Four years ago, a mudslide just outside of Oso, Washington, engulfed 49 structures and killed 43 people. At the time, it was the worst U.S. disaster of its kind.
Until Montecito. The mudslide in Santa Barbara County has killed 20 and three are still missing. As Montecito begins to recover, we wanted to know if there are any lessons from the Oso mudslide that could be applied here.
Jason Biermann is the director of the Snohomish County Department of Emergency Management. He spoke to A Martinez about Oso's rebuilding and offered advice to the residents of Montecito:
"Be inclusive in the sense that even community members who were not directly impacted are still affected. But also understand that the recovery process happens at different speeds for everyone. There are emotional impacts and physical impacts and other things and all of those take time for people to heal and communities to heal...not everyone is on the same timeline."
When it comes to rebuilding after a disaster, it isn't only about replacing lost structures. There's also emotional healing. Heroism, honeymoon, disillusionment and reconstruction are the four emotional phases victims often experience following a disaster.
Carolyn Adolph reported on these phases of emotional recover after the deadly Oso landslide in Washington almost four years ago. She's a reporter with the NPR station KUOW in Seattle. She spoke with A Martinez about how the people of Montecito may be experiencing these same emotional phases.
Two days after the mudslide, Adolph spoke with Dan Ranking, mayor of the Washington city of Darrington, which was deeply affected by the mudslides.
"Rankin: Right now going in there somewhat rogue, they're putting themselves in a dangerous situation. We don't know how many people are in there, we don't know how many people come back out."
This illustrates the heroic phase because it highlights the people who are closest by the site, and their desire to help their neighbors and members of their community. "There's too much at stake," Adolph explained, "so everybody is throwing all of their energy at trying to help the people that they know."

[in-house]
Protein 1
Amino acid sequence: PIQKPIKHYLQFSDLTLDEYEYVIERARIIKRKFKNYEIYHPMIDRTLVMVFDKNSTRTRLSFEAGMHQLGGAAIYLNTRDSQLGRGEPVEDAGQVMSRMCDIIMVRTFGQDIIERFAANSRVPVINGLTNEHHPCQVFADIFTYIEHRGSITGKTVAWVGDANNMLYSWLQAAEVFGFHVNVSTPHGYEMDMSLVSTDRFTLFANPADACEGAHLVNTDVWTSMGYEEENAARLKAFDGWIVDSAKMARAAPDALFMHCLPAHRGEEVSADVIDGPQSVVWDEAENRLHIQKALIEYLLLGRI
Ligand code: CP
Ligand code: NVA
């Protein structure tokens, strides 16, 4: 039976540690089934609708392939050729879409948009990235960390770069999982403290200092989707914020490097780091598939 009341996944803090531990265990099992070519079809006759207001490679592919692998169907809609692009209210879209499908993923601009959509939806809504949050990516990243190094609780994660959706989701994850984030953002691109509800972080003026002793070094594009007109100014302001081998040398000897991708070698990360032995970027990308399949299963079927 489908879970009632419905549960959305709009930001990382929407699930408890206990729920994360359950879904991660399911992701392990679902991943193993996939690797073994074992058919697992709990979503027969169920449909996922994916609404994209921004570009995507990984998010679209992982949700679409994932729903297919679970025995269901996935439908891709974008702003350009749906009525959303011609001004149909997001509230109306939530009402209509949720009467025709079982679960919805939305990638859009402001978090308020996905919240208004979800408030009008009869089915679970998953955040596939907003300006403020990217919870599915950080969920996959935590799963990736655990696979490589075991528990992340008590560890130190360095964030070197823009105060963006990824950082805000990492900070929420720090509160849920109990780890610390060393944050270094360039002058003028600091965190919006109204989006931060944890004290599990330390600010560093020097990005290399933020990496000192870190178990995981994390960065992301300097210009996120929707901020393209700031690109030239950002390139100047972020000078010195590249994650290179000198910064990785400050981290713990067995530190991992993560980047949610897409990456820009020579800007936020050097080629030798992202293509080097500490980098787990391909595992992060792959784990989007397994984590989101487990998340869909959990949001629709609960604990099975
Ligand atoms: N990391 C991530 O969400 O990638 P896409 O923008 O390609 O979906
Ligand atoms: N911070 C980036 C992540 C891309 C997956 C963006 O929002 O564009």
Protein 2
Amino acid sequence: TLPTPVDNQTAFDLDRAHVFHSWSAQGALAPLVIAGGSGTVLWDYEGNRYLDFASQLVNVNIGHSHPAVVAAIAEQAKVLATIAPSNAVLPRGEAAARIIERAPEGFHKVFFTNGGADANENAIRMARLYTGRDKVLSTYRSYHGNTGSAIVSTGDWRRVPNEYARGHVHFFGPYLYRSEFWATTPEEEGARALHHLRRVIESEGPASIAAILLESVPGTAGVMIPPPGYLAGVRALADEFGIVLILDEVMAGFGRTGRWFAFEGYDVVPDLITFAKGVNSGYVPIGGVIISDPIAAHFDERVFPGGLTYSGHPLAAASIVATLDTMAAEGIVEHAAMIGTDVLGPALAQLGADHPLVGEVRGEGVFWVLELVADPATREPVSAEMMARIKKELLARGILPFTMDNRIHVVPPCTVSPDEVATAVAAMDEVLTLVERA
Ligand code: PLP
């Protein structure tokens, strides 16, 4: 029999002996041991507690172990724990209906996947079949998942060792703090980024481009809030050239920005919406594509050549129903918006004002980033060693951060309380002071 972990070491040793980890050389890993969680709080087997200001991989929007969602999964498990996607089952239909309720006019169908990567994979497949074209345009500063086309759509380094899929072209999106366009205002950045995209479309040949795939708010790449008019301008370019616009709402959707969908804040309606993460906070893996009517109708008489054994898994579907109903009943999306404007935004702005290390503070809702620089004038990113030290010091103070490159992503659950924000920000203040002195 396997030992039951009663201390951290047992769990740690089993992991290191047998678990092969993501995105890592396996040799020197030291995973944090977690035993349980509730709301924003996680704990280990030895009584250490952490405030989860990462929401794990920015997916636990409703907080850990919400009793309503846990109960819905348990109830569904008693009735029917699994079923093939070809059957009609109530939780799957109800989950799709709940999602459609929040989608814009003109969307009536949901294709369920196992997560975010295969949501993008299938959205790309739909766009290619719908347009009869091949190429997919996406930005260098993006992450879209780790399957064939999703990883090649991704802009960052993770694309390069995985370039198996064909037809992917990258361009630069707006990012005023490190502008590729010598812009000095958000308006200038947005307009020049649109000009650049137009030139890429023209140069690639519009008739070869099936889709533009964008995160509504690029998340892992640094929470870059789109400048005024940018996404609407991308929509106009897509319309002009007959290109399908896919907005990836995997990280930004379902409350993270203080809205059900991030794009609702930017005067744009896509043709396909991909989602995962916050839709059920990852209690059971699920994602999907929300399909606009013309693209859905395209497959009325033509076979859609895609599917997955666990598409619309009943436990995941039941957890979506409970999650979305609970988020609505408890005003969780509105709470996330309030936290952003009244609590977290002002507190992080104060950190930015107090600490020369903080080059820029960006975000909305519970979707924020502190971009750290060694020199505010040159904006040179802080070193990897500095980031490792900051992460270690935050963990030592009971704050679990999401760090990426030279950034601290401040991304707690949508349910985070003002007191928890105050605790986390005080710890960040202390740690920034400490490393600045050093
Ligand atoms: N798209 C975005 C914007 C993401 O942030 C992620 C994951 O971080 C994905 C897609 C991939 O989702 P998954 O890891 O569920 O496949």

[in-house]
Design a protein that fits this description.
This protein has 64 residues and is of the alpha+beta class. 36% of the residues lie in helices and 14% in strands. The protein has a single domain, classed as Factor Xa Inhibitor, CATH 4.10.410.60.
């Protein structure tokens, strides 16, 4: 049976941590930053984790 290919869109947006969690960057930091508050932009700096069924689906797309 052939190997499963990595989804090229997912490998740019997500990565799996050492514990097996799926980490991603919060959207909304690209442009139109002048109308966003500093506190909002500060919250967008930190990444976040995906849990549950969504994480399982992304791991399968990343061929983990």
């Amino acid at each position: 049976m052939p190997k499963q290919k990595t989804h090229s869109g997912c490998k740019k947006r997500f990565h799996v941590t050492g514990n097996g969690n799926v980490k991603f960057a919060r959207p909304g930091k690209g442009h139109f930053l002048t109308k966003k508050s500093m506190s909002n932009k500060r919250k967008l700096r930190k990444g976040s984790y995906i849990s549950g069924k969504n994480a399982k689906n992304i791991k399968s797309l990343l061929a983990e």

The honeymoon quickly follows the heroism phase. It marks an emotional peak for survivors. This was most evident to Adolph when she spoke with two high schoolers, Taylor Lindeman and Lindsay Fabri, following the mudslide:
"We're all affected as a whole because this community is so close. We're just one big family. So when one person goes — part of our town's missing."
During the honeymoon phase, the whole community becomes galvanized. When it comes to Oso, it was the nearby communities that really came together. "They become, in this moment," Adolph said, "one big family. Completely united emotionally."
The phase, Adolph continued, is really beautiful, but it doesn't last very long and it's followed by a stage that is fueled by anger and often goes on the longest.
The third and possibly longest phase is disillusionment. Evidence of this phase became clear when Adolph met Diane Reece, a woman waiting in a gas card line at a Darrington community center following the mudslide.
"This is the only option we have. It's either this or we don't have food on our table or we don't pay our utilities. What's your choice?"
"The gas card was to partially compensate them for the fact that they were now driving five hours a day to their jobs and back," Adolph said, "As opposed to 20 or 40 minutes." However, the charity providing the cards only offered them in the middle of the work day.
"The recognition of the limits of aid comes about when you realize that the organizations that say they're going to help you will help you on their terms and not on your terms. And that's really harrowing for people to come to terms with."
The last stop in the emotional journey is rebuilding. That's when people are slowly, but steadily, recovering. Adolph spoke to a woman who survived the Oso slide, Robin Youngblood.
"As far as I know I was underwater and mud for about three minutes. I can't hold my breath that long. As far as I'm concerned. I died. The conclusion that I finally came to is that what drew me out of the mud in the correct direction...even though my eyes were closed...there had to be some sense of light coming in and pulling me up. I feel like I was reborn."
During this phase, victims still struggle with trying to be made whole. But at the same time, they're finding meaning in their experience. "If you can actually begin to tell yourself some sort of a story about the meaning of this to you..." Adolph said, "that starts to give you the strength to move on."